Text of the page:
YOU ARE HERE: LAT HomeCollections

FRANK SINATRA: 1915-1998

Sinatra's Career Highlights

May 16, 1998

Born Dec. 12, 1915, in Hoboken, N.J., to Italian immigrant parents; inherits predilection for bel canto singing style.

1933: Pursues singing career after attending Bing Crosby concert; works locally in clubs and bars.

1935: Wins first prize on "Major Bowes Amateur Hour," resulting in concert and club dates with Major Bowes traveling show, plus occasional radio dates.

1939: Gains widespread attention from New York radio appearance; becomes big-band vocalist with Harry James.

1939: Marries Nancy Barbato, a plasterer's daughter from Jersey City; they have three children.

1940-42: Becomes singing sensation, especially with teenage girls dubbed "bobby-soxers," while working with Tommy Dorsey Orchestra.

1942-47: In constant demand as a soloist, singing up to 100 songs daily on tight touring and recording schedule.

1947-52: Overexposure drains Sinatra's voice and popularity, and career enters noticeable decline; continues to record for Columbia Records but fails to match former success. By 1952, Sinatra is without a recording contract.

1951: During divorce, wife charges cruelty and testifies that her husband explained prolonged absences with "I was out with the boys." He marries actress Ava Gardner: marriage lasts two years.

1953: Reestablishes himself in public eye through nonsinging role in "From Here To Eternity" and wins best supporting actor Oscar; signs with Capitol Records, placing him in a more jazz-oriented context.

1953-1960: Makes a long series of best-selling recordings and again dominates popularity polls for male vocalists; acting career also thrives.

1960: After saying of rocker Elvis Presley in 1956, "his kind of music is deplorable, a rancid-smelling aphrodisiac," Sinatra sings with Elvis on TV special.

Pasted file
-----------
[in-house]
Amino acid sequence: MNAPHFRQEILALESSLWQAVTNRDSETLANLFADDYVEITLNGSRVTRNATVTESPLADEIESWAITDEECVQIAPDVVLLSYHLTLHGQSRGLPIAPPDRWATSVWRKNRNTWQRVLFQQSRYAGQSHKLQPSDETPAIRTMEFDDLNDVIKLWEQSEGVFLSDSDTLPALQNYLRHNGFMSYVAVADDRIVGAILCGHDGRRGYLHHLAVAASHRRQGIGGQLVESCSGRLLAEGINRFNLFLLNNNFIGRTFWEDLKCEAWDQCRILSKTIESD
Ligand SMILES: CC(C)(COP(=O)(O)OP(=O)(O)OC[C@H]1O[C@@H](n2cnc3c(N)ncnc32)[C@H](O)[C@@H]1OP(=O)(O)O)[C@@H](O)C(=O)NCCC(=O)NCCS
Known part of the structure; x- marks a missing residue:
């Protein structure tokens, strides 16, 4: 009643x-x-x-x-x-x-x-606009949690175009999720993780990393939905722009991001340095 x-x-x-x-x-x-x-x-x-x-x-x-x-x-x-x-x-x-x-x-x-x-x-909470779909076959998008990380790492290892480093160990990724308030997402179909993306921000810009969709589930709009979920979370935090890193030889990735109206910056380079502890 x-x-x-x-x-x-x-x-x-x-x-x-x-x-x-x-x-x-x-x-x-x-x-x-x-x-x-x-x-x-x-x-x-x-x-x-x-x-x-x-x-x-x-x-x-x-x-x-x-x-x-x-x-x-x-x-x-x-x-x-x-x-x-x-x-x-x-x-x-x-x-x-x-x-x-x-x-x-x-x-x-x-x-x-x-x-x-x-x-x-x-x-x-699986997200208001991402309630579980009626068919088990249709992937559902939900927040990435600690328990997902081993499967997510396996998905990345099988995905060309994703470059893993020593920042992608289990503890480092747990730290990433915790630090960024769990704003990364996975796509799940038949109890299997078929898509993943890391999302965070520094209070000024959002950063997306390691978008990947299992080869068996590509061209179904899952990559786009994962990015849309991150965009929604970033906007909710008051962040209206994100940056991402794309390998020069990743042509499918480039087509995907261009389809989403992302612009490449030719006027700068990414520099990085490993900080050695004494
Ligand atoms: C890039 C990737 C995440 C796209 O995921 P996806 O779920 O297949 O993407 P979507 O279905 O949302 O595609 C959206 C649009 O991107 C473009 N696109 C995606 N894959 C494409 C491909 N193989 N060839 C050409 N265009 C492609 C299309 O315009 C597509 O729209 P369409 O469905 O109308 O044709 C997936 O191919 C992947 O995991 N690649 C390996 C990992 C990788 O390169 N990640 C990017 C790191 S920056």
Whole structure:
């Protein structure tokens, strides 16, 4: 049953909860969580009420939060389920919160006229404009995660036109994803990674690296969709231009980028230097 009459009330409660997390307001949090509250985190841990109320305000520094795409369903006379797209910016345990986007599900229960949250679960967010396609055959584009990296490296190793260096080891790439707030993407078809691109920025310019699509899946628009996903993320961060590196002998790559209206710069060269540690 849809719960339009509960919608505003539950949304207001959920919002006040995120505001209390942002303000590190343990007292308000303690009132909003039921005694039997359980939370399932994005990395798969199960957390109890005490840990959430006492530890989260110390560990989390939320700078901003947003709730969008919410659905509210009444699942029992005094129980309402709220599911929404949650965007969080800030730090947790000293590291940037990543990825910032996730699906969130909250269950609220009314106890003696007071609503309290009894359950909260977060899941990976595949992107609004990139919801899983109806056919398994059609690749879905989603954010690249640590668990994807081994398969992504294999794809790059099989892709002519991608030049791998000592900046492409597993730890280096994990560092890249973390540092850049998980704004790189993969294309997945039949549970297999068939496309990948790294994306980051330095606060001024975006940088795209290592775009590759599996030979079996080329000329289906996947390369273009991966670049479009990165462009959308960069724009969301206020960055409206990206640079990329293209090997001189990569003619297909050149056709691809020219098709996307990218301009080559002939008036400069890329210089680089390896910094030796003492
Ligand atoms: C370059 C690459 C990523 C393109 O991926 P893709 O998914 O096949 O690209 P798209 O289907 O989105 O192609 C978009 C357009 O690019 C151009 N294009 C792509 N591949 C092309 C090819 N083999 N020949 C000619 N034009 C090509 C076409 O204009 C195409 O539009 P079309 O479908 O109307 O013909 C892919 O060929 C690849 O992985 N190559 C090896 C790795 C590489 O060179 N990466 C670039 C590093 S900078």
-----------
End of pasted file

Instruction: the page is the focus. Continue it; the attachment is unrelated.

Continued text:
1961: Leaves Capitol and founds own record company and label, Reprise; records with musical greats Count Basie from 1962-66 and Duke Ellington in 1967.

1966: Makes comeback on pop music charts despite rock's British invasion when "Strangers in the Night" hits No. 1, followed by another No. 1, "Something Stupid" with daughter Nancy the next year.

1966: Marries then-21-year-old Mia Farrow; during divorce in 1968, she charges cruelty and incompatibility.

1970: Honored at Oscar ceremony with Jean Hersholt Humanitarian Award for his acts of philanthropy; announces retirement in 1971, but, after two years off, returns with national and international tours, TV specials and recordings.

1976: Marries Barbara Marx, former wife of Zeppo Marx.

1983: Recipient of Kennedy Center Honor for life achievement.

1985: Receives Presidential Medal of Freedom from President Ronald Reagan.

Late 1980s: Enjoys enormous success touring in concert with Sammy Davis Jr. and Liza Minnelli.

1993: Returns to Capitol Records and does "Duets" with such recording stars as Aretha Franklin, Carly Simon, Barbra Streisand and Tony Bennett; "Duets II," released in 1994, includes artists such as Stevie Wonder, Antonio Carlos Jobim, Willie Nelson and Lena Horne.

1998: Dies of heart failure at age 82 on May 14 at Cedars-Sinai Medical Center.

Researched by TRACY THOMAS / Los Angeles Times

Sources: The New Grove Dictionary of Jazz Vol. 2; The Guinness Encyclopedia of Popular Music Vol. 5

Los Angeles Times Articles